Another new only-in-Japan “junkfood” product will be by Pepsi Japan soon.
Last December, Pepsi Japan offered “Pepsi Pink“. And, next month, they will begin selling “Pepsi Black“.
This drink will contain 50% less sugar and will have a “lemon flavor”.
Today is 2012 March 11. One year since the Great Sendai Earthquake.
Of course, ceremonies to commemorate the tragedy and remember the victims will be held around Japan today.
I found a video on YouTube made in November 2011, eight months after the earthquake and tsunami.
It shows scenes during the tragedy that give you an idea of how frightening it must have been.
And the video also mentions Taylor Anderson, who was an American English teacher at an elementary school in the Miyagi area. She helped save a number of school children from the tsunami but she herself, unfortunately, died in the disaster.
Some of her former students can be seen talking about her.
The video also mentions the aid workers who came to Japan from around the world and it shows how grateful the people in the Tohoku area are to them.
It’s a very emotional and touching video. I recommend watching it.
Watch it and tell me your reaction / feeling in the comment section of this post.
Here’s the video:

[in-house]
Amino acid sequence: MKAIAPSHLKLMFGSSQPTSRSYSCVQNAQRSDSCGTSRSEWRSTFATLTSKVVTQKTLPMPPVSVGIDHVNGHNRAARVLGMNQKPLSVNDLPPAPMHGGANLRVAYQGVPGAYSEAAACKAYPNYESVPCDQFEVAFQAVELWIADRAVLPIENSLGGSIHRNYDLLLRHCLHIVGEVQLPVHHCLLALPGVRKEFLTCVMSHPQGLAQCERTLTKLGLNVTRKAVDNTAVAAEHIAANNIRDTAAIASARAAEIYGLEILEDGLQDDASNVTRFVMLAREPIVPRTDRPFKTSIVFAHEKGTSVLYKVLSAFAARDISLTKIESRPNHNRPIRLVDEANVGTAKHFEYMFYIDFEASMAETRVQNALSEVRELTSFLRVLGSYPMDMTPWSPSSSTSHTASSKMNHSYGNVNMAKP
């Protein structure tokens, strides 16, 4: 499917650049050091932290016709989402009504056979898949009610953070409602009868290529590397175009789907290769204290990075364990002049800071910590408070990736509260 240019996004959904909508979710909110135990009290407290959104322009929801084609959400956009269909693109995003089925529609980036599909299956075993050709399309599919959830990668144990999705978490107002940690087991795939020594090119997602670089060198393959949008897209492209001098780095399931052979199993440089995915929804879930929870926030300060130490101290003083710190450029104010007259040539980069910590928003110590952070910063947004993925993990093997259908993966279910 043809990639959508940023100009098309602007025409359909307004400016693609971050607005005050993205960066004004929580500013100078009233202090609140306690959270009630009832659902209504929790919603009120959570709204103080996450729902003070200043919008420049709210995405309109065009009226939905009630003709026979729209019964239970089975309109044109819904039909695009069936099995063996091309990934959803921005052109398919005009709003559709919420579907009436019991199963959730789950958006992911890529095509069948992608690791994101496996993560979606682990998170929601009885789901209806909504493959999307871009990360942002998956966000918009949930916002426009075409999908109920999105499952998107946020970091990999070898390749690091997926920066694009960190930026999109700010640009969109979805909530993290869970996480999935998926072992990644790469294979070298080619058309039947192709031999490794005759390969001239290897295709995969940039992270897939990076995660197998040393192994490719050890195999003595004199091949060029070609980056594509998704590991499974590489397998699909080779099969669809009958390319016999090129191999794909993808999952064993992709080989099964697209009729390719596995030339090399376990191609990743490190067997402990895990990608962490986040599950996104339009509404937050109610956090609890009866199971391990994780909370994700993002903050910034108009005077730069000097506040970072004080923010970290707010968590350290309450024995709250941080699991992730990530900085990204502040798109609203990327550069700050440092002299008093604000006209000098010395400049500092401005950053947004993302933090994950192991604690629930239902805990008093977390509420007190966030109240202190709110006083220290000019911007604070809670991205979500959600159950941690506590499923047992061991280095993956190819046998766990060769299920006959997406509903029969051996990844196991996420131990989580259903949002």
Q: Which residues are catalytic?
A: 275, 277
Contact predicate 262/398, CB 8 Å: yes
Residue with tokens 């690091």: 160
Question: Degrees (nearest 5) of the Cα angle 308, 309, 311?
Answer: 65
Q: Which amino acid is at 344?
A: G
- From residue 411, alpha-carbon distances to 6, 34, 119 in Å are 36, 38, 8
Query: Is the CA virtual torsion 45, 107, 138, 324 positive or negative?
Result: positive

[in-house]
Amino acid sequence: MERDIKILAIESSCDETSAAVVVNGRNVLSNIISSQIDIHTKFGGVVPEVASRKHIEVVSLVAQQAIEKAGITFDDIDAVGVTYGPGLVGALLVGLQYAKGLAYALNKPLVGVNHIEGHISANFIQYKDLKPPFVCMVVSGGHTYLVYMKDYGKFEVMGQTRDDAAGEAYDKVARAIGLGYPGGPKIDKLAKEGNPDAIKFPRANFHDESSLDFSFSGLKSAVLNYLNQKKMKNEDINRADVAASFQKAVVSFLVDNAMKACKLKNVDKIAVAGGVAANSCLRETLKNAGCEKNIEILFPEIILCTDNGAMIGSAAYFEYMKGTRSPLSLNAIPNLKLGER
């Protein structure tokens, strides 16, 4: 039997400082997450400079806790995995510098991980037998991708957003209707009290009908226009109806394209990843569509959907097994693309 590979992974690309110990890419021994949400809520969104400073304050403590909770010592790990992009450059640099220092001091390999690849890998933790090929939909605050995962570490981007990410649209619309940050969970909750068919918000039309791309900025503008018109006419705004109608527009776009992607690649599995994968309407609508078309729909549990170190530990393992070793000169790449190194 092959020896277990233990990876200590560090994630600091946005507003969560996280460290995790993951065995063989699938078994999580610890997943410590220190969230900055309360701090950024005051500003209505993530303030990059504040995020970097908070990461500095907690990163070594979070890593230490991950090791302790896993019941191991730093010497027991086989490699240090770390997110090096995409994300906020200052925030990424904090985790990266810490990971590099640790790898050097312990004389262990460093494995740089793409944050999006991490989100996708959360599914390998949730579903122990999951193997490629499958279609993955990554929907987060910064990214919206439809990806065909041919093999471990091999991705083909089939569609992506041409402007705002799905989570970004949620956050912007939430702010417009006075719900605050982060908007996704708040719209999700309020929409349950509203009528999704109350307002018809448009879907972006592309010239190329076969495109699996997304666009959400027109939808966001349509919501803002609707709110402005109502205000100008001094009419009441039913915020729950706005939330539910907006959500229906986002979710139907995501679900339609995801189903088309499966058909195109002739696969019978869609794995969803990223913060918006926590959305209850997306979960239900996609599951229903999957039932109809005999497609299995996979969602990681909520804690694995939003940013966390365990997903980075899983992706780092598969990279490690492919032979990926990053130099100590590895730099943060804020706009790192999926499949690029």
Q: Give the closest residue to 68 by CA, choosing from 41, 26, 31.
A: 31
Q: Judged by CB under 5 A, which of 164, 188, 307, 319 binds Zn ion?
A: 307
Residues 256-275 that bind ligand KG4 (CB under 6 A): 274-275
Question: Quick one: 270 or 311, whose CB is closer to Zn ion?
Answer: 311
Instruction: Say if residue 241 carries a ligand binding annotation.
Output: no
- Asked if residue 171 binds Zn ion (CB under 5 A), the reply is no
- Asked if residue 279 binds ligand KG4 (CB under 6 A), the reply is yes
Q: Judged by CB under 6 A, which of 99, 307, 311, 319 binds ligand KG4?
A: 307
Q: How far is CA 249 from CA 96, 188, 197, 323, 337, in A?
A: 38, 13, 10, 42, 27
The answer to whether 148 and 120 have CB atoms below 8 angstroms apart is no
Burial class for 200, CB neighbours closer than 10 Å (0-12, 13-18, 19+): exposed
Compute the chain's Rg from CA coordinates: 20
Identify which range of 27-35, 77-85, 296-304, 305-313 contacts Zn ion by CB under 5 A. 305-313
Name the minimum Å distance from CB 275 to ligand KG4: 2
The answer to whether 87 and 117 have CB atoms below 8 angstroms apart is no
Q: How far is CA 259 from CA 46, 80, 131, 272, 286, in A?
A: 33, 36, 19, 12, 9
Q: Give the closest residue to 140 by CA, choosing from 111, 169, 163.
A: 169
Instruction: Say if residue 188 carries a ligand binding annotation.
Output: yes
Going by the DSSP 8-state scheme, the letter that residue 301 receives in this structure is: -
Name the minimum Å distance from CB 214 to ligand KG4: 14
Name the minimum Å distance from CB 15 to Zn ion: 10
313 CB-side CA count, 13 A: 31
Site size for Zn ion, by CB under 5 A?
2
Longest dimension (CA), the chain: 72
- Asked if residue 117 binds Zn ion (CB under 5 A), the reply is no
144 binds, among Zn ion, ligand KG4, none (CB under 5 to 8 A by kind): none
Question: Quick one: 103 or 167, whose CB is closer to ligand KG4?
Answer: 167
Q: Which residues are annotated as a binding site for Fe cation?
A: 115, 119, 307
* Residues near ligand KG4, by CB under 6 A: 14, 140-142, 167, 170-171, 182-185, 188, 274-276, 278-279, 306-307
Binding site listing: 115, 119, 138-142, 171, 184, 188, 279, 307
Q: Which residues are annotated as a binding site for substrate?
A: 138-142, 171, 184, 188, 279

Yesterday, February 11th, was the anniversary of a few things…not all of them good.
For one, February 11th is a holiday in Japan. 「建国記念日」 (“National Founding Day”). (Click here for my short FAQ about it.)
It was kind of a waste that February 11 was on a Saturday this year because most people already had the day off and the holiday wasn’t observed on another day. If it was a Sunday, then tomorrow (Monday) would have been a day off.
February 11th also happens to be my father-in-law’s birthday.
Those two are the “happy” anniversaries of February 11th. The following two are more somber ones:
Yesterday, February 11 (2012), was the eleven-month anniversary of the 2011 March 11 earthquake / tsunami in north-eastern Japan.
The other sad event happened exactly twenty-four years ago yesterday. On 1988 February 11. At my high school in Florida.
It was many years until I was finally able to talk about this. Maybe it was post-traumatic shock.
But at lunch time on 1988 February 11, I was a senior-year high school student (in the final year of high school) and when I went into the lunch room I witnessed two students in a struggle with some teachers and then suddenly one of the boys drew a gun and shot the assistant principal Richard Allen fatally in the head!
All of the students in the lunch room began screaming and running but I suppose I was in shock because I just stood there staring. Everyone seemed to be running past me in slow-motion.
The memory no longer wakes me in nightmare but I will never forget that day.
A memorial photo of Richard Allen at my former high school in Florida (Pinellas Park HS).
If you click here, you can read a newspaper article about the tragic shooting at my former high school that was written four years ago on the twentieth anniversary.
Richard Allen, R.I.P.